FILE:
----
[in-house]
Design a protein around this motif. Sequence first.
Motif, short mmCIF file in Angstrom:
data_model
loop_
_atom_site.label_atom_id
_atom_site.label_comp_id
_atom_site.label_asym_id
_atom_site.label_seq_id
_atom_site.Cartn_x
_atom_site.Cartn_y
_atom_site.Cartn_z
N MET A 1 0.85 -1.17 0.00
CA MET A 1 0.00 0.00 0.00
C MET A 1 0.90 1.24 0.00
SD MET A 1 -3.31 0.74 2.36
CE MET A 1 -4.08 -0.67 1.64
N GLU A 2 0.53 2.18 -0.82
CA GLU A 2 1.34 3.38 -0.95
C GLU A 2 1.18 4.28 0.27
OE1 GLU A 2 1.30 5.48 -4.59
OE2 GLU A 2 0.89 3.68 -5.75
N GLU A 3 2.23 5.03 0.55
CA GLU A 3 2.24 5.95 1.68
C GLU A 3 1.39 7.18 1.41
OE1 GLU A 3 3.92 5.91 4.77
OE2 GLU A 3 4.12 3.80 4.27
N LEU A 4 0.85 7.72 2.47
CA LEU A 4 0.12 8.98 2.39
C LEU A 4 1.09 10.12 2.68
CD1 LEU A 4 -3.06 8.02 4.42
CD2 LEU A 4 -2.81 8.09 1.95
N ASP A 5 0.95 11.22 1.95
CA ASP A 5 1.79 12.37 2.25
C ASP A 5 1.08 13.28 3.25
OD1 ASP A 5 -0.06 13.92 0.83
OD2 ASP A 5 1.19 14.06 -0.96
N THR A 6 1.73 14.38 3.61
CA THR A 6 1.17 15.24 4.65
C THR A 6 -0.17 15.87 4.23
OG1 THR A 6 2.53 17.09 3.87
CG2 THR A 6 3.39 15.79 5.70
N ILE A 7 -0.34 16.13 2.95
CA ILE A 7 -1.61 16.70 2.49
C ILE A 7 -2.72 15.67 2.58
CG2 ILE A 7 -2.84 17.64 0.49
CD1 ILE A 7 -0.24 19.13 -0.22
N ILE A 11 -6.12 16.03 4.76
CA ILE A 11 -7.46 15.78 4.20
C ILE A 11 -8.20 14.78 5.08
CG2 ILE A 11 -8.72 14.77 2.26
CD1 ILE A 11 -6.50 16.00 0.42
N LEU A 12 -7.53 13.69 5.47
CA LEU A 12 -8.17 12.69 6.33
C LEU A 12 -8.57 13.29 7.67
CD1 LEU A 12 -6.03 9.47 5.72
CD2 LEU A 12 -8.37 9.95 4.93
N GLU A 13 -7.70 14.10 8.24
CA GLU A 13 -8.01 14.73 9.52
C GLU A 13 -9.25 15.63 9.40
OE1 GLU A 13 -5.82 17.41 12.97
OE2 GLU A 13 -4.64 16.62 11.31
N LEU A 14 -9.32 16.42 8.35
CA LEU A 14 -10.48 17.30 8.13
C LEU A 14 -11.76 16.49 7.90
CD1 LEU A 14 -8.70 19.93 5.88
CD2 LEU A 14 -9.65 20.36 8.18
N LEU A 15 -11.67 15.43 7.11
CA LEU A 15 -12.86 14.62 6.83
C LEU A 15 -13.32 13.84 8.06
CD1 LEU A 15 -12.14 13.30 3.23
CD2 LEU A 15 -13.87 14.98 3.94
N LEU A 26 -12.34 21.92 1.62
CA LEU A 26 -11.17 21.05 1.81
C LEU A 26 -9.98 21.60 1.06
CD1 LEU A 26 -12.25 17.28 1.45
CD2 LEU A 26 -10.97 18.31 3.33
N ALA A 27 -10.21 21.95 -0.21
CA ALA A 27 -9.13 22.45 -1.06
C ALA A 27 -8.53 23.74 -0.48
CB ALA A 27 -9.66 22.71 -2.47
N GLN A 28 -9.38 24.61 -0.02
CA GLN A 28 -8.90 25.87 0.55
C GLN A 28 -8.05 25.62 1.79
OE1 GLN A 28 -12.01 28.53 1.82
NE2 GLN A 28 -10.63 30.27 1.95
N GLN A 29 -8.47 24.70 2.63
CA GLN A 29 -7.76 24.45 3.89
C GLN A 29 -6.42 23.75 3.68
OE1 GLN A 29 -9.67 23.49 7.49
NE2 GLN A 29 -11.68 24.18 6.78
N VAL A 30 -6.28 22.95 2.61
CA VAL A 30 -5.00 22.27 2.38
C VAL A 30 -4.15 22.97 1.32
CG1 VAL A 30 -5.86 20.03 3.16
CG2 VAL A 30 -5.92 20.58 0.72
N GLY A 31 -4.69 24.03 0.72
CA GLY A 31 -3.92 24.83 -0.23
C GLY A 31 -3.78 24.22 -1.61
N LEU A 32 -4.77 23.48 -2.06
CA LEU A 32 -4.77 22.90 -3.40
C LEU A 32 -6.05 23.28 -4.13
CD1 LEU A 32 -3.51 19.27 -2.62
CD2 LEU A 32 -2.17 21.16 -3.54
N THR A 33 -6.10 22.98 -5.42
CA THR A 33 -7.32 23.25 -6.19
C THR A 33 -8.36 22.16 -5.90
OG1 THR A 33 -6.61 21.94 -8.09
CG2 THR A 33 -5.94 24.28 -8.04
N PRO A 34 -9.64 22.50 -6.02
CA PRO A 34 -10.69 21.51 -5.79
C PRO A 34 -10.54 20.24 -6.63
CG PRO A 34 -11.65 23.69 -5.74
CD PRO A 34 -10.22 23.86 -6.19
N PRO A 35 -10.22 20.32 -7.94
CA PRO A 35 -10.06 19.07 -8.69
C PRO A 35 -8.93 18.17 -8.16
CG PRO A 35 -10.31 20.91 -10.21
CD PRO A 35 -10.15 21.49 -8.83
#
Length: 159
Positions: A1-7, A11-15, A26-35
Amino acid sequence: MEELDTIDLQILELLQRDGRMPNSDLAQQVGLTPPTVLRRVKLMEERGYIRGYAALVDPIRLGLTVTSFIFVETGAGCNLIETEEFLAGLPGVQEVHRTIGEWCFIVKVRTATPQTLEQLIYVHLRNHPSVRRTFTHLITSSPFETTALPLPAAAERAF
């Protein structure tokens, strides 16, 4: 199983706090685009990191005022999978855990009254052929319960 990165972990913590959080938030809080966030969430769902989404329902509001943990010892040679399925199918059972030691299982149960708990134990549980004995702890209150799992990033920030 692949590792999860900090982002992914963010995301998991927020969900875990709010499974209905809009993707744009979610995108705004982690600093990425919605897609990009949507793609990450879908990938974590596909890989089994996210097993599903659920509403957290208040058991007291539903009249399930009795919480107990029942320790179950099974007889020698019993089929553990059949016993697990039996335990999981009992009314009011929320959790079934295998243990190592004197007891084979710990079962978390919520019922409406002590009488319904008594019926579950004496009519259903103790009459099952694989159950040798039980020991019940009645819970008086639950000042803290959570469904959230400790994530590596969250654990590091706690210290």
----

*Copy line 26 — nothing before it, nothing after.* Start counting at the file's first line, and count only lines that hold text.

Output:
OE1 GLU A 3 3.92 5.91 4.77